Last week, a member of Congress exercised his right to have a vote. Based on the media’s reaction, you would have thought D.C. was burning down.

But if you care about fiscal responsibility, believe members of Congress should vote on billion-dollar bills before they pass, or even think that reading and debating legislation is a useful exercise, meet your new hero: freshman U.S. Rep. Chip Roy (R-TX).

After sending members of the House home for a weeklong vacation last Thursday, House Speaker Nancy Pelosi (D-CA) brought a $19 billion disaster relief bill to the floor, expecting it to pass easily with no one in the chamber.

This is, after all, how much of our spending legislation passes now—late at night, up against a holiday, or by presuming the consent of members who have already gone home.

What she wasn’t counting on, however, was that one member wanted to actually read the bill—the final text of which had only come over from the Senate hours earlier. Not only that, but, horror of horrors, he wanted to debate and vote on it.

Roy objected to passing the bill by unanimous consent, asserting his right to request that the House of Representatives debate and vote on the measure with all members present.

In practical terms, he delayed passage of the bill by a week. But listening to the pundits and the partisans, you’d think he was personally raising another hurricane from the sea.

But Roy’s policy and procedural objections have significant and substantive merit.

As Roy pointed out, the $19 billion bill exists outside of the spending caps that Congress sets for itself. It does so against a backdrop of a $22 trillion federal debt—the highest our debt has ever been. That’s not to say that spending this particular $19 billion isn’t necessary—maybe it is, and the proponents of the legislation should make their case for it. But the urgency of this spending does not mask its impact on the debt.

In objecting to its passage on those grounds, Roy was simply embodying the argument long made by economist Thomas Sowell: There are no solutions, only trade-offs. Apologies to the quantitative easers, but U.S. wealth is a finite resource. We can agree to spend $19 billion. But what other resources are we diminishing in exchange?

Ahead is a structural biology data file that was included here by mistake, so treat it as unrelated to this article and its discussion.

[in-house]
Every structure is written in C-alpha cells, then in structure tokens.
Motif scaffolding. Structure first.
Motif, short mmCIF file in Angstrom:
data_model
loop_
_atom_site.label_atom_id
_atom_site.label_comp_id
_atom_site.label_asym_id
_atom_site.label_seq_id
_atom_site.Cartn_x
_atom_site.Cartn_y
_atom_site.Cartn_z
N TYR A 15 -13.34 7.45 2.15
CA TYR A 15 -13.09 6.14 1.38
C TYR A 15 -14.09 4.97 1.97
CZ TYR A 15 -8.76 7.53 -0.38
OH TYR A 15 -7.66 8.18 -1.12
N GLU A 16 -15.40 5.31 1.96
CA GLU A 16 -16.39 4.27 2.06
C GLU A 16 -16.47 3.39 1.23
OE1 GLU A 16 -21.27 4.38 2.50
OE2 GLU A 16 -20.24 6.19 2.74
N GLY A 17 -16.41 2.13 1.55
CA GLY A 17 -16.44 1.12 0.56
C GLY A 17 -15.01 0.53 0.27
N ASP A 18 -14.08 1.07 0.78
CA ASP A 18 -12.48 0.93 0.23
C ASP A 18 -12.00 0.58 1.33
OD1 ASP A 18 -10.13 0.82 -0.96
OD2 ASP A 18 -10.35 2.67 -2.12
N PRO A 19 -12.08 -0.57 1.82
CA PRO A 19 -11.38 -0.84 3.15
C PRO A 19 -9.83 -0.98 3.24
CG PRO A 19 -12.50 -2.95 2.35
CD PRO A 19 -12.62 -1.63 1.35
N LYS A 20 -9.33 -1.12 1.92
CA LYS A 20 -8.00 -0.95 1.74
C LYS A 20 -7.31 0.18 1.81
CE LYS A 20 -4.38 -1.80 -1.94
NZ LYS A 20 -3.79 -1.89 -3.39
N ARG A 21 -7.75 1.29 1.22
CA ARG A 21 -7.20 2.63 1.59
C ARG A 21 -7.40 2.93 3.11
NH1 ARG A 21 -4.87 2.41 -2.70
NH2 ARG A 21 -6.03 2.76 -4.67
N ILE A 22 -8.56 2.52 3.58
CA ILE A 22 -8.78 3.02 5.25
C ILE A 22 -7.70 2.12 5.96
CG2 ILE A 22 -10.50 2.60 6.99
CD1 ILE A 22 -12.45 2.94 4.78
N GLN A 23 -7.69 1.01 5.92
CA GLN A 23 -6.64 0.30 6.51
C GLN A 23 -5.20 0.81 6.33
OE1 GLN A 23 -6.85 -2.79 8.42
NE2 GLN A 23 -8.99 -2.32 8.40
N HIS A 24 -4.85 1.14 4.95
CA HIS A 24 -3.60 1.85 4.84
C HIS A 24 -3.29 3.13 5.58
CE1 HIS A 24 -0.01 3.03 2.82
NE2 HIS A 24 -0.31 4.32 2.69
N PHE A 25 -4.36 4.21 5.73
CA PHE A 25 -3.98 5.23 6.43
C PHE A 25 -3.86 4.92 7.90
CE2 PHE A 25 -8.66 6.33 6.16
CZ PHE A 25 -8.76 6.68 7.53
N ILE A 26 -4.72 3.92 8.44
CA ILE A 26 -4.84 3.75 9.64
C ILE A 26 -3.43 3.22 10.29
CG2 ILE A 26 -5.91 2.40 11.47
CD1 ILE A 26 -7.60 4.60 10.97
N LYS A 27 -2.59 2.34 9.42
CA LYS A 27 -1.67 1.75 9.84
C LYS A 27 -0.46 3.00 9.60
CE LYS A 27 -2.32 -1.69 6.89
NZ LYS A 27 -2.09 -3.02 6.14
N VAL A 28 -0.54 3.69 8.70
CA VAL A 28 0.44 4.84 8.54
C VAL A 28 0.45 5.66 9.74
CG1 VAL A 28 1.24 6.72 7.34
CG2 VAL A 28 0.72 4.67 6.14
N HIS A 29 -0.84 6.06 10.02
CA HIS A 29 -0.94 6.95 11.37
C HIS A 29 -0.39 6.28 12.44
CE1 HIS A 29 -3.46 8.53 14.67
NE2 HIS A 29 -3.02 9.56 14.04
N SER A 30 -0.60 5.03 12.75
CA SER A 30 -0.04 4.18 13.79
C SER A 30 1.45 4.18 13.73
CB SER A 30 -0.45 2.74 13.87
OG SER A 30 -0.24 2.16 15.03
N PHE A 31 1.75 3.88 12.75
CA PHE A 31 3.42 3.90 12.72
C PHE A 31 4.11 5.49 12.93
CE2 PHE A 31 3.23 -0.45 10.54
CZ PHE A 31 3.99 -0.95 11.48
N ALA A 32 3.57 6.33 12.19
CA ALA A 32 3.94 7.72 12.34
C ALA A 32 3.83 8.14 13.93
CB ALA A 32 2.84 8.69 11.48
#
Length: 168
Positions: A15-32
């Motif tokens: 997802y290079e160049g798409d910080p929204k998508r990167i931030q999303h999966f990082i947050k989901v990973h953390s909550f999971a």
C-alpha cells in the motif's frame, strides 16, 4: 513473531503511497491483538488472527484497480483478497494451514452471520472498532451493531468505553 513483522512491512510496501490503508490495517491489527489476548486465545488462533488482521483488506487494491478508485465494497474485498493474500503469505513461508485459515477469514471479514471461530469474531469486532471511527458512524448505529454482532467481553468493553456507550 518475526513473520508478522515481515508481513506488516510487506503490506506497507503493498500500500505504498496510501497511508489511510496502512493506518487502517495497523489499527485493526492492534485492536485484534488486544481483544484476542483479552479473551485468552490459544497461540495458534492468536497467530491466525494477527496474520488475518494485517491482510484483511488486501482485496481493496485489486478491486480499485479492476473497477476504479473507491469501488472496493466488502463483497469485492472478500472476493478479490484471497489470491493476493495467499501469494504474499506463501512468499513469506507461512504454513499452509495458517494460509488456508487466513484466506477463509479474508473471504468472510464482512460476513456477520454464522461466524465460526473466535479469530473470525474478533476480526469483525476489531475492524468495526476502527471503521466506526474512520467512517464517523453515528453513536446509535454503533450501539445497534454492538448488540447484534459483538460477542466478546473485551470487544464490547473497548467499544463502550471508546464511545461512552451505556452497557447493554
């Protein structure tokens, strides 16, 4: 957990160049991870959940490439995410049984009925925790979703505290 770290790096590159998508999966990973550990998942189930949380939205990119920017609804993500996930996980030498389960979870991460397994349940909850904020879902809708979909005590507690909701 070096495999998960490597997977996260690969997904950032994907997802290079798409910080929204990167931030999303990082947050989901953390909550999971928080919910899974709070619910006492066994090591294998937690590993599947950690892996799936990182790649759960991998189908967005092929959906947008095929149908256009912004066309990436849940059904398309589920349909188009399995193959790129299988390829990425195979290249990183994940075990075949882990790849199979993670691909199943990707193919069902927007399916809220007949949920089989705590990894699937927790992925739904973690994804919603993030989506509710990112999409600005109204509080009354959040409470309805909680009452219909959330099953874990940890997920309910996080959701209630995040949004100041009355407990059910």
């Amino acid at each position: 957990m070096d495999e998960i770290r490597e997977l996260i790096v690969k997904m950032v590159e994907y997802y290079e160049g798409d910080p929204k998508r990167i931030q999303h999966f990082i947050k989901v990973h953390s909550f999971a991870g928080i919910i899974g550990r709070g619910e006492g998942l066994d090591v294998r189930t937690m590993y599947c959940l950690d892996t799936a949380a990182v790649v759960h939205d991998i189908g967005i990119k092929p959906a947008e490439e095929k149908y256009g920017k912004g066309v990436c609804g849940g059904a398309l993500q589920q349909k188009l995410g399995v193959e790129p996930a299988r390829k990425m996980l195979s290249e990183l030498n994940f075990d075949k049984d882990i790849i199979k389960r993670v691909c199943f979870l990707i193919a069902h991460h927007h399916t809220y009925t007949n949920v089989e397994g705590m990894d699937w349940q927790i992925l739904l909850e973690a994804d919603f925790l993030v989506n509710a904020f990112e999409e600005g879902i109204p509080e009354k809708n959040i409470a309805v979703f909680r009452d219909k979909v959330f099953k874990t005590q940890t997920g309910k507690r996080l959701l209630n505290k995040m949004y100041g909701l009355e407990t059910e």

Those who would have us defer to the tyranny of the urgent also obscure another point: the Federal Emergency Management Agency already has around $30 billion in unobligated funds available to be spent on disasters just like this. Why aren’t we using funds that we already have for this purpose?

Lest you think Roy is the only one raising this point, when a version of this bill came before the House Rules Committee in early May, U.S. Rep. Jim Banks (R-IN) offered an amendment that would have paid for this bill using the money FEMA already has. Predictably, Democrats did not make it in order.

But there is more than just spending worth debating in this bill. There’s also what we’re spending it on.

The legislation is supposed to address disaster relief for Americans affected by agricultural disasters and hurricanes. Yet the bill also contains $55 million for the Head Start program, $1 million for worker training programs, extends the insolvent National Flood Insurance Program without making any reforms for the 11th time, and modifies the federally subsidized crop insurance program to cover the production of industrial hemp. About $900 million is provided for Puerto Rico, even though the territory is already on track to receive up to $91 billion once the 2017 hurricane response cycle is through.

We can argue about the necessity and legitimacy of all these provisions (though I struggle to identify what they are), but we should at least agree that they are, at a minimum, worthy of debate and public justification.

But this is how the swamp operates. More and more, bills are written behind closed doors by just a handful of members, just as this bill was written by a handful of senators whose states would benefit from it, before being dumped on the larger membership, who is then told to “pass it, or else.”

In standing up to the D.C. establishment, Rep. Chip Roy has joined the ranks of Sens. Rand Paul and Mike Lee, plus former Sen. Jim DeMint and others who the swamp loves to hate for doing the jobs they were elected to do.

This week, that small club got a new member. Conservatives everywhere should be applauding.

This is a commentary submitted and published with the author’s permission. If you wish to submit a commentary to Texas Scorecard, please submit your article to

Rachel Bovard

Rachel Bovard is the senior director of policy at the Conservative Partnership Institute.


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